Sebastopol, CA--An intriguing theme permeated the 2004 O'Reilly Open Source Convention (aka OSCON) in Portland, Oregon last week: "open thinking." The process by which projects are vetted and improved through group effort is spreading beyond software and into areas such as cartography and bioscience--welcome affirmation of the open source way for the 2,000 convention participants.
"We've unleashed enormous technological changes, but where are they going?" asked O'Reilly Media, Inc. CEO Tim O'Reilly. "What are the paths by which technology moves from the cutting edge of science, through hacker culture, and eventually into the mainstream? One of the lessons of open source is that the project with the best community adoption characteristics wins. Open source has found its natural communities, and is now reaching out to new ones."
This was the busiest convention--in terms of attendance and programming-- in three years, underscoring the fact that open source and free software continues to be adopted by mainstream enterprise, from Apple, IBM, Microsoft, and Novell to Sun, Hewlett-Packard, and Ticketmaster. "We're at an interesting stage with open source," observed convention program chair Nathan Torkington. "The programmers who make it all possible are still going strong, stronger than ever--they have Perl, Python, Mono, Java, Apache, and dozens of other platform pieces to build on."
In addition to keynotes, tutorials, and sessions lead by innovators such as Freeman and George Dyson, Bdale Garbee, Robert Lefkowitz, Milton Ngan, and David Rumsey, evening events kept the conversations rolling into the wee hours, punctuated by receptions and sponsored parties. A moot court, organized by UC Berkeley's Pam Samuelson and Pamela Jones of Groklaw, aired the legal issues of the Linux/SCO case. Perl legends Larry Wall and Damian Conway and "Hackers and Painters" author Paul Graham all spoke during the traditional Tuesday Night Extravaganza. NASA's Jeff Norris gave a presentation on how open source is powering the Mars Rover mission. In addition, attendees packed the sold-out exhibit hall during its two-day run; organized birds-of-a-feather sessions on topics like Plone, poker, human creativity, and e-voting; and wrapped up the convention with a field trip to the Oregon Museum of Science and Industry.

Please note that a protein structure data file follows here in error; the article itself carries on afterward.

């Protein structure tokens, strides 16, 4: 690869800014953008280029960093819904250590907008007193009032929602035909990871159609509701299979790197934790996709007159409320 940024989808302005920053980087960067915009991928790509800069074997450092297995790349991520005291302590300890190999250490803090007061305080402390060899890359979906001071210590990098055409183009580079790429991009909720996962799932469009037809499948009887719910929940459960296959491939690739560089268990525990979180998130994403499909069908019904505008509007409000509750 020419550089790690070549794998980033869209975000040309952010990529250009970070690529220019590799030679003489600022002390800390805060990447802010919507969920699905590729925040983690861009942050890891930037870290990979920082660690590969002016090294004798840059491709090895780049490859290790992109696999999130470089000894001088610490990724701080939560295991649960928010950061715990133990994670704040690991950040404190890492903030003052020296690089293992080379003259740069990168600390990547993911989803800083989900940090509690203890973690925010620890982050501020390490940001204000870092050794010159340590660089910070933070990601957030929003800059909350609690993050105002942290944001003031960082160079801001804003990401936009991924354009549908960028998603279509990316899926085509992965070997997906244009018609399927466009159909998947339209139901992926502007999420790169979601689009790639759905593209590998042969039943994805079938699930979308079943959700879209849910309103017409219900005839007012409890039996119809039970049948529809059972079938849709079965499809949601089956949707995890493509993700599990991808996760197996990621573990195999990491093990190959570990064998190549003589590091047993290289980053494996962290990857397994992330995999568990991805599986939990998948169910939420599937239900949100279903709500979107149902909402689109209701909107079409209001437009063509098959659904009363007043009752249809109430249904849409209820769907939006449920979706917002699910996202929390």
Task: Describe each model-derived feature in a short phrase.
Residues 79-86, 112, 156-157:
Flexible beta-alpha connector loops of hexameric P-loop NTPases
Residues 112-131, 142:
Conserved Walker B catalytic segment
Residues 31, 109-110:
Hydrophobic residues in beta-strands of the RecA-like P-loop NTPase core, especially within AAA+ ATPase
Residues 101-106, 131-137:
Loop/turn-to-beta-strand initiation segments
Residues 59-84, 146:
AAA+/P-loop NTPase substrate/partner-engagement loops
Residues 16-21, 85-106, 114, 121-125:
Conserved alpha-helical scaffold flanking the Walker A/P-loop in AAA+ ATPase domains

OSCON continues to be a forum for important announcements. Some of the organizations and businesses getting the word out at the convention include:
"Everyone really seemed to enjoy themselves, which is very gratifying," concluded Torkington. "We're going to do everything we can to make next year even bigger and better."
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